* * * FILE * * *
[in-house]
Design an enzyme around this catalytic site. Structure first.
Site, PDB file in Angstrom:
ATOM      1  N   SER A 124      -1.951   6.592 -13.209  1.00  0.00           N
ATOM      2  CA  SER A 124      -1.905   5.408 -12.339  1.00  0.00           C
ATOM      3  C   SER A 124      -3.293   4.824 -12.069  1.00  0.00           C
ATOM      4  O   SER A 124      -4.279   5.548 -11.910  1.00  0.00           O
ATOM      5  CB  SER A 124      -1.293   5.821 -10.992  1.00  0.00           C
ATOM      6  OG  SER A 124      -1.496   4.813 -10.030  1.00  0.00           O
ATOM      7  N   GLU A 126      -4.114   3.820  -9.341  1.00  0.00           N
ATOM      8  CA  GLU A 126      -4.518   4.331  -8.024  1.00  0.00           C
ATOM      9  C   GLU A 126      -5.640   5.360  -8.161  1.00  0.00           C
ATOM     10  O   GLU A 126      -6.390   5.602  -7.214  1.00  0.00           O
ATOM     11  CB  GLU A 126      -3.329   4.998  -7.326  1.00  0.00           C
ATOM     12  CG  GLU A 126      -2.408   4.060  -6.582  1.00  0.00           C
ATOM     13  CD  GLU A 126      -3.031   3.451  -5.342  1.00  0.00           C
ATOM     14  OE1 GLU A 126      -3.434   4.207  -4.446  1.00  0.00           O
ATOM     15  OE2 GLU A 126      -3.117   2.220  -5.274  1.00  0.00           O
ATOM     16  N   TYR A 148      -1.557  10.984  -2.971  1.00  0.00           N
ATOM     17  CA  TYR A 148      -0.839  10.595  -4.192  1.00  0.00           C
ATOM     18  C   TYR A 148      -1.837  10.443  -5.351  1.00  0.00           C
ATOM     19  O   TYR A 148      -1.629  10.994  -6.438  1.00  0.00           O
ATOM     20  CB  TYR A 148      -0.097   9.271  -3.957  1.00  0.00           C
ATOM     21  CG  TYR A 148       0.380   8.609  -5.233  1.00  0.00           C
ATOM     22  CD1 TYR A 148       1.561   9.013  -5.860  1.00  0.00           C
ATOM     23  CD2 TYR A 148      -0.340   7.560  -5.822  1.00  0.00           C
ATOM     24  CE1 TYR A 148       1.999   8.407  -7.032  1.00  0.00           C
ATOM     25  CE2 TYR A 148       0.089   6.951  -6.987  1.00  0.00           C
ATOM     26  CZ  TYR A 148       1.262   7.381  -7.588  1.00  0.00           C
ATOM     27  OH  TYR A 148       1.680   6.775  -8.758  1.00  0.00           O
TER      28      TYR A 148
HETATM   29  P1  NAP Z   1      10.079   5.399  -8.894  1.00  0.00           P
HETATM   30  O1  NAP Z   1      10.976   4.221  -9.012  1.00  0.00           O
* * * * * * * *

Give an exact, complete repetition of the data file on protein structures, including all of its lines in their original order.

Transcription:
[in-house]
Design an enzyme around this catalytic site. Structure first.
Site, PDB file in Angstrom:
ATOM      1  N   SER A 124      -1.951   6.592 -13.209  1.00  0.00           N
ATOM      2  CA  SER A 124      -1.905   5.408 -12.339  1.00  0.00           C
ATOM      3  C   SER A 124      -3.293   4.824 -12.069  1.00  0.00           C
ATOM      4  O   SER A 124      -4.279   5.548 -11.910  1.00  0.00           O
ATOM      5  CB  SER A 124      -1.293   5.821 -10.992  1.00  0.00           C
ATOM      6  OG  SER A 124      -1.496   4.813 -10.030  1.00  0.00           O
ATOM      7  N   GLU A 126      -4.114   3.820  -9.341  1.00  0.00           N
ATOM      8  CA  GLU A 126      -4.518   4.331  -8.024  1.00  0.00           C
ATOM      9  C   GLU A 126      -5.640   5.360  -8.161  1.00  0.00           C
ATOM     10  O   GLU A 126      -6.390   5.602  -7.214  1.00  0.00           O
ATOM     11  CB  GLU A 126      -3.329   4.998  -7.326  1.00  0.00           C
ATOM     12  CG  GLU A 126      -2.408   4.060  -6.582  1.00  0.00           C
ATOM     13  CD  GLU A 126      -3.031   3.451  -5.342  1.00  0.00           C
ATOM     14  OE1 GLU A 126      -3.434   4.207  -4.446  1.00  0.00           O
ATOM     15  OE2 GLU A 126      -3.117   2.220  -5.274  1.00  0.00           O
ATOM     16  N   TYR A 148      -1.557  10.984  -2.971  1.00  0.00           N
ATOM     17  CA  TYR A 148      -0.839  10.595  -4.192  1.00  0.00           C
ATOM     18  C   TYR A 148      -1.837  10.443  -5.351  1.00  0.00           C
ATOM     19  O   TYR A 148      -1.629  10.994  -6.438  1.00  0.00           O
ATOM     20  CB  TYR A 148      -0.097   9.271  -3.957  1.00  0.00           C
ATOM     21  CG  TYR A 148       0.380   8.609  -5.233  1.00  0.00           C
ATOM     22  CD1 TYR A 148       1.561   9.013  -5.860  1.00  0.00           C
ATOM     23  CD2 TYR A 148      -0.340   7.560  -5.822  1.00  0.00           C
ATOM     24  CE1 TYR A 148       1.999   8.407  -7.032  1.00  0.00           C
ATOM     25  CE2 TYR A 148       0.089   6.951  -6.987  1.00  0.00           C
ATOM     26  CZ  TYR A 148       1.262   7.381  -7.588  1.00  0.00           C
ATOM     27  OH  TYR A 148       1.680   6.775  -8.758  1.00  0.00           O
TER      28      TYR A 148
HETATM   29  P1  NAP Z   1      10.079   5.399  -8.894  1.00  0.00           P
HETATM   30  O1  NAP Z   1      10.976   4.221  -9.012  1.00  0.00           O